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Henry Wadsworth Longfellow, ed. Poems of Places: An Anthology in 31 Volumes.
Scotland: Vols. VI–VIII. 1876–79.

Ayr, the River

Highland Mary

By Robert Burns (1759–1796)

YE banks and braes and streams around

The castle o’ Montgomery,

Green be your woods, and fair your flowers,

Your waters never drumlie!

There simmer first unfauld her robes,

And there the langest tarry;

For there I took the last fareweel

O’ my sweet Highland Mary.

How sweetly bloomed the gay green birk,

How rich the hawthorn’s blossom,

As underneath their fragrant shade

I clasped her to my bosom!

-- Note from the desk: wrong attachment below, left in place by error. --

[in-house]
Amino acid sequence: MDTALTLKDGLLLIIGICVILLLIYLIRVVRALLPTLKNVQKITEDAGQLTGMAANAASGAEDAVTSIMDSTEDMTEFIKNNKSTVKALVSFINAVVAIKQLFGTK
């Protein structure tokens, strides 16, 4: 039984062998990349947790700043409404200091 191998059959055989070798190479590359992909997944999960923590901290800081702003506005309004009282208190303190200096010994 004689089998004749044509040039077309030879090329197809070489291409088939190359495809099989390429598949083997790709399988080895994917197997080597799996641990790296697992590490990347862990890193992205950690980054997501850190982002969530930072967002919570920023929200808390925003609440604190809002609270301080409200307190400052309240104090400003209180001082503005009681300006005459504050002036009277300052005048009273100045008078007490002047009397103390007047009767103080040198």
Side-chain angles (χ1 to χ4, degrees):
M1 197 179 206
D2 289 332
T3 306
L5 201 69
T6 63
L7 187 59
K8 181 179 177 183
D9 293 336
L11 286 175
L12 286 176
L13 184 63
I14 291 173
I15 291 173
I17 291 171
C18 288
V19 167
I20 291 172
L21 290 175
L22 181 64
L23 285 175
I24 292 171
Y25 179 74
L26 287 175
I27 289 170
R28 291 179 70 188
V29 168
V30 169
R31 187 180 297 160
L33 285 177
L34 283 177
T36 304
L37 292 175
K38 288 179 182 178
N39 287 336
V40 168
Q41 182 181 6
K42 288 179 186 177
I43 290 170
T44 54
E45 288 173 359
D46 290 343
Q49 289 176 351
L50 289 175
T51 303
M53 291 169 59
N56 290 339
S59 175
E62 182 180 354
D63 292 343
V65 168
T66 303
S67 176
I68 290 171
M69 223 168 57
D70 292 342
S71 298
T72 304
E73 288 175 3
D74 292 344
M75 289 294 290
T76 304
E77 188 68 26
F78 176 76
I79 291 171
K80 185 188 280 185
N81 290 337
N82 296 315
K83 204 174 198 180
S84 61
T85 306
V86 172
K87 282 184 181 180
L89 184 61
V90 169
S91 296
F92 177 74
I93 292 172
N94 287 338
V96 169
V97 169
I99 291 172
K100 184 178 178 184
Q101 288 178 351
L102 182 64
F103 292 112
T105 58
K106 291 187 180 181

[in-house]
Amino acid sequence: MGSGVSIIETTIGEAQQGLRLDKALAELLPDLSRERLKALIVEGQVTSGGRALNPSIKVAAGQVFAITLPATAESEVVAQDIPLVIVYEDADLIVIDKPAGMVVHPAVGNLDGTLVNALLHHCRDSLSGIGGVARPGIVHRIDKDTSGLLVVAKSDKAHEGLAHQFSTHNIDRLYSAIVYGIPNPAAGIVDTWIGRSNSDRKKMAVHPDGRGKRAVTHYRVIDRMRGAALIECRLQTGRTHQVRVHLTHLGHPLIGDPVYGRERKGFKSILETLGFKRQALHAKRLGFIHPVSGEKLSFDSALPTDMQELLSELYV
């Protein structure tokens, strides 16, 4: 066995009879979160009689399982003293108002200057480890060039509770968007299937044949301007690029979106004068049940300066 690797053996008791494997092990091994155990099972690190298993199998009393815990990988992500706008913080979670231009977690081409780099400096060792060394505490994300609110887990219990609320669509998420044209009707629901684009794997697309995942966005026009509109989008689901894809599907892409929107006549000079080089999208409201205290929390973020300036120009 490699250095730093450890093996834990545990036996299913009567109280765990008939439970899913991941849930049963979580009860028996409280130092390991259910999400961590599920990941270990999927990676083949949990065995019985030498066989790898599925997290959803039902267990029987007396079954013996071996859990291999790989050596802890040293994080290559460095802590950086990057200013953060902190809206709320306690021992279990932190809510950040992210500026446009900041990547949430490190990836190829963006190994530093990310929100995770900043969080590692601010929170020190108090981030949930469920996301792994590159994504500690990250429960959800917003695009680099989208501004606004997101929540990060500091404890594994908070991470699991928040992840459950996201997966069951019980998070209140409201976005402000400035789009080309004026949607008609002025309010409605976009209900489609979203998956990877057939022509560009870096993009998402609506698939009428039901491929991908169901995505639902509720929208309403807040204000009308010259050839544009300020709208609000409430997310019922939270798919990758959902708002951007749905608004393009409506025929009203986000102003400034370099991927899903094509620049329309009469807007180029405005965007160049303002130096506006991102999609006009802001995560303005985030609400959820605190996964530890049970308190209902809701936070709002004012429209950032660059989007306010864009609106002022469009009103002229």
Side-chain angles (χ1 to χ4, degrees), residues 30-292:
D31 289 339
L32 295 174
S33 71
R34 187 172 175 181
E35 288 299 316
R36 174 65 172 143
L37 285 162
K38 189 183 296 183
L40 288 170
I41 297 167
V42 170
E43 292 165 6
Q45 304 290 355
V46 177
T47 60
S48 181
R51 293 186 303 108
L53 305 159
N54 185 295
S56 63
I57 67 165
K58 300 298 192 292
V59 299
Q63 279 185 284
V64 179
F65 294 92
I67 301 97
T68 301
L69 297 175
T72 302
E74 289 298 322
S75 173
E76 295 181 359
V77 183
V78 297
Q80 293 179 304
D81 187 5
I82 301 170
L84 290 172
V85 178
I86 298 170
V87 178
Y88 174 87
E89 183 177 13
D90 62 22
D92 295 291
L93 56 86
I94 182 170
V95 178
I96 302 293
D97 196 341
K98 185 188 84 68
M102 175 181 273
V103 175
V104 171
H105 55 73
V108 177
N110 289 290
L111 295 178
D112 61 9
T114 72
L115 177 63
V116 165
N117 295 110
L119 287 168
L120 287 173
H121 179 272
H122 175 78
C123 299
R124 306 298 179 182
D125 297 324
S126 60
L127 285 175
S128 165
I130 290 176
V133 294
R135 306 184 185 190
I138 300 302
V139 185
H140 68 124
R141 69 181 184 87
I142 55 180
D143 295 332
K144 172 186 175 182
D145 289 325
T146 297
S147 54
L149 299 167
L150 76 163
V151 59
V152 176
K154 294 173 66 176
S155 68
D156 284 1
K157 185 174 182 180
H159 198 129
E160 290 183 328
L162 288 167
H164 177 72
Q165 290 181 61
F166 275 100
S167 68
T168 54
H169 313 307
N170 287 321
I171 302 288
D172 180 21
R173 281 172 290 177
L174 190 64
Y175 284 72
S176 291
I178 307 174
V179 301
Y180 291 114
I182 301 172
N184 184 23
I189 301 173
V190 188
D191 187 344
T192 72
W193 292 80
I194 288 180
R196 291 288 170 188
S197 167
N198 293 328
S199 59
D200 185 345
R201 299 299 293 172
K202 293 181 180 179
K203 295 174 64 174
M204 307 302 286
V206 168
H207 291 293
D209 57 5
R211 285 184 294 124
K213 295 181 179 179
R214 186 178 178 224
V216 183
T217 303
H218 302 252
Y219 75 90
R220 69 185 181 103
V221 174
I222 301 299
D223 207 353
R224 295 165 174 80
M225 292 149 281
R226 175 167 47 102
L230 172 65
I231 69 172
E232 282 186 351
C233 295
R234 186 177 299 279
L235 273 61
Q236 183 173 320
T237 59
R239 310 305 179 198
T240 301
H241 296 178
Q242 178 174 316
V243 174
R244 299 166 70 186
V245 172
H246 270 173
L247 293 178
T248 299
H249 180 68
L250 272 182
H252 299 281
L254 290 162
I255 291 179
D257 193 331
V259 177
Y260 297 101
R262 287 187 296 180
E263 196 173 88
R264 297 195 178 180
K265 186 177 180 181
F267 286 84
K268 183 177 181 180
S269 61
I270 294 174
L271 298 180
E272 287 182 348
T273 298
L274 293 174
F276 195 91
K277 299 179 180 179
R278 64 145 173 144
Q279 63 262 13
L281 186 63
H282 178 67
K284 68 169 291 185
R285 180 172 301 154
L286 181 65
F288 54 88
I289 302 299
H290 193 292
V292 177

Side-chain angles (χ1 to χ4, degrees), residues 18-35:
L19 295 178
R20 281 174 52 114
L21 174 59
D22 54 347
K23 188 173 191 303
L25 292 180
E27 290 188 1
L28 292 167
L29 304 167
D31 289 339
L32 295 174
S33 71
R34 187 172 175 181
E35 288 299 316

The golden hours on angel wings

Flew o’er me and my dearie;

For dear to me as light and life

Was my sweet Highland Mary.

Wi’ mony a vow and locked embrace

Our parting was fu’ tender;

And pledging aft to meet again,

We tore oursels asunder;

But, O, fell death’s untimely frost,

That nipt my flower sae early!

Now green ’s the sod, and cauld ’s the clay,

That wraps my Highland Mary!

O, pale, pale now, those rosy lips,

I aft hae kissed sae fondly!

And closed for aye the sparkling glance

That dwelt on me sae kindly;

And mouldering now in silent dust

That heart that lo’ed me dearly!

But still within my bosom’s core

Shall live my Highland Mary.